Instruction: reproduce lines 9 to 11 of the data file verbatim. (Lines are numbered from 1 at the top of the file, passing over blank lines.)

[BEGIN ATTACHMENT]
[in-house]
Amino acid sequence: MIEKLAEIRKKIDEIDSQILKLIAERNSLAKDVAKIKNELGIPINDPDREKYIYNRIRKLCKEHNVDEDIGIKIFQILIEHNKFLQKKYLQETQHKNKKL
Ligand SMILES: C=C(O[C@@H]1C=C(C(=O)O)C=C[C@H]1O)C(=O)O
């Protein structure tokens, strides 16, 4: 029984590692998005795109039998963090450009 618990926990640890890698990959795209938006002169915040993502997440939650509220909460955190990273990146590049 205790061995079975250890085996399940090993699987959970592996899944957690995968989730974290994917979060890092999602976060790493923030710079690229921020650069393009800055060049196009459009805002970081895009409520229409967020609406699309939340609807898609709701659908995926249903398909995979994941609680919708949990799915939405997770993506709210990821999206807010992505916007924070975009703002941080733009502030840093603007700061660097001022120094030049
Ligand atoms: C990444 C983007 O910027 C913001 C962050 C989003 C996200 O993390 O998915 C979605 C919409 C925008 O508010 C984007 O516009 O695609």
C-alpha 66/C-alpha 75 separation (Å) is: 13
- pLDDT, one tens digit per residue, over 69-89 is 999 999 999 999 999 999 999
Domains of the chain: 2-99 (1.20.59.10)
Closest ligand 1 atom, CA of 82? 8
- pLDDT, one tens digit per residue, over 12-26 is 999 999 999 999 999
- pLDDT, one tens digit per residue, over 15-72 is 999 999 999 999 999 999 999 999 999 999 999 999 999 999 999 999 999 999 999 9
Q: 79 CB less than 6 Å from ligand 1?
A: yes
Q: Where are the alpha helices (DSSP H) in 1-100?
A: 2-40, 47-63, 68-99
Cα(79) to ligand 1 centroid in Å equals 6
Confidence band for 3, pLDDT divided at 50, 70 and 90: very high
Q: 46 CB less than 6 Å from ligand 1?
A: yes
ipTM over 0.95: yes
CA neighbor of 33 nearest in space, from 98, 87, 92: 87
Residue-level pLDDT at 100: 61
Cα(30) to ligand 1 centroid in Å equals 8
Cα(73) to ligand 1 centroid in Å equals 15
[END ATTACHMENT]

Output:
Closest ligand 1 atom, CA of 82? 8
- pLDDT, one tens digit per residue, over 12-26 is 999 999 999 999 999
- pLDDT, one tens digit per residue, over 15-72 is 999 999 999 999 999 999 999 999 999 999 999 999 999 999 999 999 999 999 999 9